Families still struggle with problems of heroin and painkiller overdoses

Published: Wednesday, Feb. 12 2014 9:17 a.m. MST

Sue Tayon holds an urn containing her daughter Nikki Tayon's ashes. Nikki died of a heroin overdose last month. Issues with heroin aren't just something celebrities face. It's also hitting small town America, according to The New York Times, which published an article that looked into how heroin is affecting families.

Jeff Roberson, Associated Press

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Issues with heroin aren’t just something celebrities face. It’s also hitting small-town America, according to The New York Times, which published an article that examined how heroin is affecting families. The article primarily features Karen Hale, whose daughter, Alysa Ivy, died from an overdose in May 2013.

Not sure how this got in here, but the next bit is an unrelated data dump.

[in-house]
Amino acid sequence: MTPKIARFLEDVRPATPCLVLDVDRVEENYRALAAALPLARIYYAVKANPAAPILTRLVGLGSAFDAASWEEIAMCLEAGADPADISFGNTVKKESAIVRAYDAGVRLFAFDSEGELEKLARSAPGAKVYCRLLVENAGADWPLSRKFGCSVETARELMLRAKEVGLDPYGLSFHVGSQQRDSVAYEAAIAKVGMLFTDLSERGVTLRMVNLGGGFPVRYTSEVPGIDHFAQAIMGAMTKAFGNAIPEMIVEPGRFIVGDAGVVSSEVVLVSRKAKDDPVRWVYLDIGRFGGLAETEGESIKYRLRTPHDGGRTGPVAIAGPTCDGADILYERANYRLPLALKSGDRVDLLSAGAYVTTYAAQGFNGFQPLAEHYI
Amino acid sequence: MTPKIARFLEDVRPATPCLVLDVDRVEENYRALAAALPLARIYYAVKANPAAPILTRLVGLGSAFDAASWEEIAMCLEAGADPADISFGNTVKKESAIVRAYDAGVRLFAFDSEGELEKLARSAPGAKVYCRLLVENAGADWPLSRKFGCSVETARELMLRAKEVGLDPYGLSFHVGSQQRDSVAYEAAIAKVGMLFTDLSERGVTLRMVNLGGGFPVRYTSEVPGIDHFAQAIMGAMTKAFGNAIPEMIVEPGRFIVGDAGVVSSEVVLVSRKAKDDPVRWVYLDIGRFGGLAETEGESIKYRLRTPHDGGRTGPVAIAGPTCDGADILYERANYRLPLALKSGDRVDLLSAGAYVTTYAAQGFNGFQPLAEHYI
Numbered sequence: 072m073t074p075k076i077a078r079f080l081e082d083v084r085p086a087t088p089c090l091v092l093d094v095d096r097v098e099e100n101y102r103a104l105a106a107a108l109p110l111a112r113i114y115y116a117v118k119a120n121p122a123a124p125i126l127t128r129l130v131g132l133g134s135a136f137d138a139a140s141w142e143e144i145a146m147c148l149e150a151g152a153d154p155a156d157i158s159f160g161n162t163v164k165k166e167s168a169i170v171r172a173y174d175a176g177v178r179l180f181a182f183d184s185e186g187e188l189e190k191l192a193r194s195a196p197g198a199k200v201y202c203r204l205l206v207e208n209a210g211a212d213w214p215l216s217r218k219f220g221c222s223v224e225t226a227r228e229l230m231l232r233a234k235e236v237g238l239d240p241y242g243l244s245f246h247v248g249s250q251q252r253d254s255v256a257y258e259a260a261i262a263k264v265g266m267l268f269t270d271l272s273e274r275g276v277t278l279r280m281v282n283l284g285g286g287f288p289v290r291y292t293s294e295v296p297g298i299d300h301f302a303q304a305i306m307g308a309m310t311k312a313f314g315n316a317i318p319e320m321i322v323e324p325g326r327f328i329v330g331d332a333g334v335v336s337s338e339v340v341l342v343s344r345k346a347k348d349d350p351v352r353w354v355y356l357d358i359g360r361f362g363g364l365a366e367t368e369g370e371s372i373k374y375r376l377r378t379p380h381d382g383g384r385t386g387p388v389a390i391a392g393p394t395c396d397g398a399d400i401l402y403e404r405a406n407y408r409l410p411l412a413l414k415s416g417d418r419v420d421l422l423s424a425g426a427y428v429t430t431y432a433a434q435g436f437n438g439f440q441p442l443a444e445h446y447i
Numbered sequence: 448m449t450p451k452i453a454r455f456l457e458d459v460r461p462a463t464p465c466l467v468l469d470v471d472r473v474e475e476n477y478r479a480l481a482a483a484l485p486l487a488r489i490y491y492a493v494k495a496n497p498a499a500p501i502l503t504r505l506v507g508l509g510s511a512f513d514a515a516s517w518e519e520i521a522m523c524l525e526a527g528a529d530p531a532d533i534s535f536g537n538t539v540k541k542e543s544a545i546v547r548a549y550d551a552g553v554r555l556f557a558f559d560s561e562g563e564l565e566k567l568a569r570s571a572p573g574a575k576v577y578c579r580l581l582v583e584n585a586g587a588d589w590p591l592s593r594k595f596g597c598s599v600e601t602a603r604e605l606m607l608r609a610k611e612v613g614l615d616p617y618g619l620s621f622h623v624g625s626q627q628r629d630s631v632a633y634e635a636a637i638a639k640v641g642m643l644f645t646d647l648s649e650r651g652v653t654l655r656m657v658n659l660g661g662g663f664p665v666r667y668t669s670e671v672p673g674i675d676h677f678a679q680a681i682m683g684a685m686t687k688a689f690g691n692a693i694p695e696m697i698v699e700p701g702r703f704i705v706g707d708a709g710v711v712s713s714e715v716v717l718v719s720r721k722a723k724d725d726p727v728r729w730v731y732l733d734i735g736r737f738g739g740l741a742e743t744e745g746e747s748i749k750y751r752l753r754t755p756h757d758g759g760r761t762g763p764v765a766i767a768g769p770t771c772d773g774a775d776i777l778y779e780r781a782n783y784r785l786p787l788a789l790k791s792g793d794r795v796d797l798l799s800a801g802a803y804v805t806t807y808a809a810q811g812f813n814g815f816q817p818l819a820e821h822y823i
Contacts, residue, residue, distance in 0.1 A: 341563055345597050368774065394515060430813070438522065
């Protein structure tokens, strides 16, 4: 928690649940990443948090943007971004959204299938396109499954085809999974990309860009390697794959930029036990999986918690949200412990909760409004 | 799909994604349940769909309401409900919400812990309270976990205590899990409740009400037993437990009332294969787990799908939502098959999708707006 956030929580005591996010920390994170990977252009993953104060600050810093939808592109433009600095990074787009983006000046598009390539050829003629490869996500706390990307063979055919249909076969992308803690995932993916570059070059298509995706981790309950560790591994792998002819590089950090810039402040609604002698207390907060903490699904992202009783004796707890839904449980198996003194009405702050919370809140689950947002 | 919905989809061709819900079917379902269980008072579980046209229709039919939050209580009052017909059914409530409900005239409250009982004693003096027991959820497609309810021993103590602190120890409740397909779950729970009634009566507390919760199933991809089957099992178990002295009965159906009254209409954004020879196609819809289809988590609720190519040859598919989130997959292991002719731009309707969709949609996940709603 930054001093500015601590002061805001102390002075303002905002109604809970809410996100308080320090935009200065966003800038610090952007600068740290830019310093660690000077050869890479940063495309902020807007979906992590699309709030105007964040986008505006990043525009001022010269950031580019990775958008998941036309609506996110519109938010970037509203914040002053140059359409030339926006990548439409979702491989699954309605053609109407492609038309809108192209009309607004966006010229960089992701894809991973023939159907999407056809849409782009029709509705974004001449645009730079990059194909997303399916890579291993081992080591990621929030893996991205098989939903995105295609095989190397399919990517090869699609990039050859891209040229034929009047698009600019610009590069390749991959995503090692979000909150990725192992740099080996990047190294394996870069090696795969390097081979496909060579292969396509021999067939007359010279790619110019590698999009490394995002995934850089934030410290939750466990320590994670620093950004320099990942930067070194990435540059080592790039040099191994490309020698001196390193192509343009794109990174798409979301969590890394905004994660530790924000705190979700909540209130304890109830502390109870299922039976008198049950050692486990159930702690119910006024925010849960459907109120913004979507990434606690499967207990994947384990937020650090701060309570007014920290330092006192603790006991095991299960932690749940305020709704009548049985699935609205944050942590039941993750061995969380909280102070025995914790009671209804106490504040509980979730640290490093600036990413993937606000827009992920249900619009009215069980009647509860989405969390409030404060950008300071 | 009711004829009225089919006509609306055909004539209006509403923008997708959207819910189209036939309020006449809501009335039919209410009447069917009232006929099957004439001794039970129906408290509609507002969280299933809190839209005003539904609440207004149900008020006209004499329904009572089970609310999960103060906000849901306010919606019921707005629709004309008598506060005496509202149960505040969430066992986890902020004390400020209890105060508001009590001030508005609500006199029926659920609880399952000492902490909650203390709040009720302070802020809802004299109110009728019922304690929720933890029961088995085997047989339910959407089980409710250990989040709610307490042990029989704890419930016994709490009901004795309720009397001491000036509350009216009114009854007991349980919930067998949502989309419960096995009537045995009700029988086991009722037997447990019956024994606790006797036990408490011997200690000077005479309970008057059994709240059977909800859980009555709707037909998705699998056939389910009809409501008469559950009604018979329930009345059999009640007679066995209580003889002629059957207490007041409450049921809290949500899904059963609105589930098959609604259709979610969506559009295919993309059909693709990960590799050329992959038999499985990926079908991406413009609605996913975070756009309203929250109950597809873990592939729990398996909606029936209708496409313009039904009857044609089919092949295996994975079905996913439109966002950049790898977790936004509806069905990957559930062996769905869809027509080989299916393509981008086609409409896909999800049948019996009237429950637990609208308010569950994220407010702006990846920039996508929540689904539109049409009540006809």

“When the actor Philip Seymour Hoffman died with a needle in his arm on Feb. 2, Ms. Hale thought first about his mother, then his children,” The Times reported. “Few understand the way addiction mangles families, she said, and the rippling toll of the tens of thousands of fatal heroin and painkiller overdoses every year. Perhaps it took Mr. Hoffman’s death, she said, to ‘wake up America to all the no-names who passed away before him,’ leaving a cross-country trail of bereavement.”

Read the full article at nytimes.com.

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